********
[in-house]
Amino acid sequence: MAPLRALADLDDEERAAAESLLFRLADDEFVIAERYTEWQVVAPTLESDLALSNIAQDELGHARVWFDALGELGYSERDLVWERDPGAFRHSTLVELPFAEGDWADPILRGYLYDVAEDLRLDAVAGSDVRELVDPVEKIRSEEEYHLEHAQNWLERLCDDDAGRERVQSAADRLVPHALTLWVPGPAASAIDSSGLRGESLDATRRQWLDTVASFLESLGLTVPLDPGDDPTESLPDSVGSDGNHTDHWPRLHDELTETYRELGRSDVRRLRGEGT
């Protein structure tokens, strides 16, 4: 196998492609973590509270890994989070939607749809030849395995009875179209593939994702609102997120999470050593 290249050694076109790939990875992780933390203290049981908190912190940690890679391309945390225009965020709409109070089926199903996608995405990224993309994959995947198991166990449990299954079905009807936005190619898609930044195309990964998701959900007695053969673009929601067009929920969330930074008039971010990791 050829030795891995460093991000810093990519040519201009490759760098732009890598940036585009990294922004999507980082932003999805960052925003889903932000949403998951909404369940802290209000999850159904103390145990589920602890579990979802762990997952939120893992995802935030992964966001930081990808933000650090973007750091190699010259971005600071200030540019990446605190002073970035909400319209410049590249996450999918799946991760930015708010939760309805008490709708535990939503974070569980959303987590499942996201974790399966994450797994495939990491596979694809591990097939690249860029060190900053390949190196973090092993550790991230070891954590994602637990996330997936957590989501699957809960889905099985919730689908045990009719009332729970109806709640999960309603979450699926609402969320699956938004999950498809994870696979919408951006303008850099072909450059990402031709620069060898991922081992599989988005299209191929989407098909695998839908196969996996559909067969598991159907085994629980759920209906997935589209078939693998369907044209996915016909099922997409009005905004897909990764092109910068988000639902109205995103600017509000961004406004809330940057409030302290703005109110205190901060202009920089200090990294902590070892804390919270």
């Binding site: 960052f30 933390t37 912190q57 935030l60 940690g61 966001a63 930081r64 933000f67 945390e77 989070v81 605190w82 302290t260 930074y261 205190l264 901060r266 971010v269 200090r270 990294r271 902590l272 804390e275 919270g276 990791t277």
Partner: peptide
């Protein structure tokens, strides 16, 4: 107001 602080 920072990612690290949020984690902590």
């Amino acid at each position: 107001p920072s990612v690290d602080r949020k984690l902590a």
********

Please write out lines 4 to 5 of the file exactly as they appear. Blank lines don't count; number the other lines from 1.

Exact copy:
């Binding site: 960052f30 933390t37 912190q57 935030l60 940690g61 966001a63 930081r64 933000f67 945390e77 989070v81 605190w82 302290t260 930074y261 205190l264 901060r266 971010v269 200090r270 990294r271 902590l272 804390e275 919270g276 990791t277």
Partner: peptide